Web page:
Then and Then and Then Some
The Liberal Party is a broad church. You sometimes have to get the builders in to put in the extra pew on both sides of the aisle to make sure that everybody is accommodated. But it is a broad church and we should never as members of the Liberal Party of Australia lose sight of the fact that we are the trustees of two great political traditions. We are, of course, the custodian of the classical liberal tradition within our society, Australian Liberals should revere the contribution of John Stuart Mill to political thought. We are also the custodians of the conservative tradition in our community. And if you look at the history of the Liberal Party it is at its best when it balances and blends those two traditions. Mill and Burke are interwoven into the history and the practice and the experience of our political party.
John Howard, "Address at the Launch of the Publication 'The Conservative'", Parliament House Canberra, 8 September 2005.
No argument, we may suppose, can now be needed, against permitting a legislature or an executive, not identified in interest with the people, to prescribe opinions to them, and determine what doctrines or what arguments they shall be allowed to hear. This aspect of the question, besides, has been so often and so triumphantly enforced by preceding writers, that it needs not be specially insisted on in this place. Though the law of England, on the subject of the press, is as servile to this day as it was in the time of the Tudors, there is little danger of its being actually put in force against political discussion, except during some temporary panic, when fear of insurrection drives ministers and judges from their propriety; and, speaking generally, it is not, in constitutional countries, to be apprehended, that the government, whether completely responsible to the people or not, will often attempt to control the expression of opinion, except when in doing so it makes itself the organ of the general intolerance of the public.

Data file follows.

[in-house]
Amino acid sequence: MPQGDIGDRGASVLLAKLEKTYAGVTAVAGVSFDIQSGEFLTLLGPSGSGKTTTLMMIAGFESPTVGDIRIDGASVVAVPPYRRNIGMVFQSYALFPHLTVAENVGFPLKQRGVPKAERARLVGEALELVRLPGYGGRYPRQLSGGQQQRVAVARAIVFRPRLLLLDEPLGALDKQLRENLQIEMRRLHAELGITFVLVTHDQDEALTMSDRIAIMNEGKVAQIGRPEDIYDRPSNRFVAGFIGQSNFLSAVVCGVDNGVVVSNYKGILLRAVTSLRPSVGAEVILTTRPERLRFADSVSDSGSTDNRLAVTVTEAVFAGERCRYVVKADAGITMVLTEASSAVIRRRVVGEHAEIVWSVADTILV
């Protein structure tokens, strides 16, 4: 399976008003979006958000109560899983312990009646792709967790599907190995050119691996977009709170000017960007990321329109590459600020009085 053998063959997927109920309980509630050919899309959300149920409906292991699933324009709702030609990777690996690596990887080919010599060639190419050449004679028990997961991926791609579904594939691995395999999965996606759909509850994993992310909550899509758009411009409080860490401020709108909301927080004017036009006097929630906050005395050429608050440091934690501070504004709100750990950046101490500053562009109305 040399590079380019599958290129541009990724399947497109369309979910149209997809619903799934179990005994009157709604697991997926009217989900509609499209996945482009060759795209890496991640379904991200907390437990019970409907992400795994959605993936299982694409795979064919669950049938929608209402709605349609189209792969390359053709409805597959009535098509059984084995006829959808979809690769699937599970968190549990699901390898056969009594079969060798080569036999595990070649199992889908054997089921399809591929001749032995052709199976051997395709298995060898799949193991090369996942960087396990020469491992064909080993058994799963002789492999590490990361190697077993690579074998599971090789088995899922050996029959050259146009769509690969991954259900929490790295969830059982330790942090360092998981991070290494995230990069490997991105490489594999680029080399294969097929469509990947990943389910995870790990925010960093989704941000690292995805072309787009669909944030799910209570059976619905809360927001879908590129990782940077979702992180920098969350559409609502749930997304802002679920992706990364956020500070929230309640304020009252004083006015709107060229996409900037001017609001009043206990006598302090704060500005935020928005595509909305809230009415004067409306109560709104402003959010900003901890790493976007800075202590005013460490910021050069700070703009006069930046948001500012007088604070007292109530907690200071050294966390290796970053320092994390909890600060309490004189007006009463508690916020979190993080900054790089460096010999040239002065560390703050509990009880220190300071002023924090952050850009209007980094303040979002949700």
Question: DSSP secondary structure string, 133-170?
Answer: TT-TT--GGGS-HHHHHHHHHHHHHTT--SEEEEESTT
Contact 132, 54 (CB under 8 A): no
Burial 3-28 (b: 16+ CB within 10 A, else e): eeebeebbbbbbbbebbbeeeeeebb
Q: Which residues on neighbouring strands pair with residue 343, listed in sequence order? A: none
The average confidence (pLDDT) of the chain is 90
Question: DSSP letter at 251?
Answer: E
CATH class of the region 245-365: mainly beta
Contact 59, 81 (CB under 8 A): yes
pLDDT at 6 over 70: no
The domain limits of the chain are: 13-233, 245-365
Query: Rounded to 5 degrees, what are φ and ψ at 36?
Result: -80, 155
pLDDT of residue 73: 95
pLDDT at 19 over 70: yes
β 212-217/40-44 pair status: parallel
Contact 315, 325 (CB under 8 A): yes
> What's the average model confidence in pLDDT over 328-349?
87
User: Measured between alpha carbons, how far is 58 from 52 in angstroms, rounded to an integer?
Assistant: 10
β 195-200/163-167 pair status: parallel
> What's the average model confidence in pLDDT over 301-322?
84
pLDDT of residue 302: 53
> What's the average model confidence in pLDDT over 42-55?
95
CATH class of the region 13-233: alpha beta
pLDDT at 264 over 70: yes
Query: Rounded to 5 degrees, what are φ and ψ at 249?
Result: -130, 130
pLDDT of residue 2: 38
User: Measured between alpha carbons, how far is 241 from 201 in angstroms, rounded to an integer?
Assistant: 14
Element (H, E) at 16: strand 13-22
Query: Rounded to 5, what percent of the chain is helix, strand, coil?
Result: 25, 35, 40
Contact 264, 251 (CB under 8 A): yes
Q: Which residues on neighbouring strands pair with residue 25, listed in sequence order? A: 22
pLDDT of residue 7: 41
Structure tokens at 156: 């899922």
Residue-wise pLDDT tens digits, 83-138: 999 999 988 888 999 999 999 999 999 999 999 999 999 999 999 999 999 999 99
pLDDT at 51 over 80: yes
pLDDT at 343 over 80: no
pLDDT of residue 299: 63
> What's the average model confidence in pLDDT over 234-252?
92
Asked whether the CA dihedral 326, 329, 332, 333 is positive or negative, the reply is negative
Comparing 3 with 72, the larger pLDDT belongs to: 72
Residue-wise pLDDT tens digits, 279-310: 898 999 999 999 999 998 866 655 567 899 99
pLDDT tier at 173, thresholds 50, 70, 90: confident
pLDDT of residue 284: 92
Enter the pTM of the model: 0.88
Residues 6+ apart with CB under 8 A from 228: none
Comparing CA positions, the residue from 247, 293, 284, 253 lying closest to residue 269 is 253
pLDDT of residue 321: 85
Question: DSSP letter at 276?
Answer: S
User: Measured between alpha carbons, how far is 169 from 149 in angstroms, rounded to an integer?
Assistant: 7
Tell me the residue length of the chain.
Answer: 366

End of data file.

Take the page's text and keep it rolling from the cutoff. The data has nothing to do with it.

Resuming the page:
John Stuart Mill, On Liberty , 1869.
The true danger is when liberty is nibbled away, for expedients, and by parts.
Edmund Burke, no idea where, no idea when.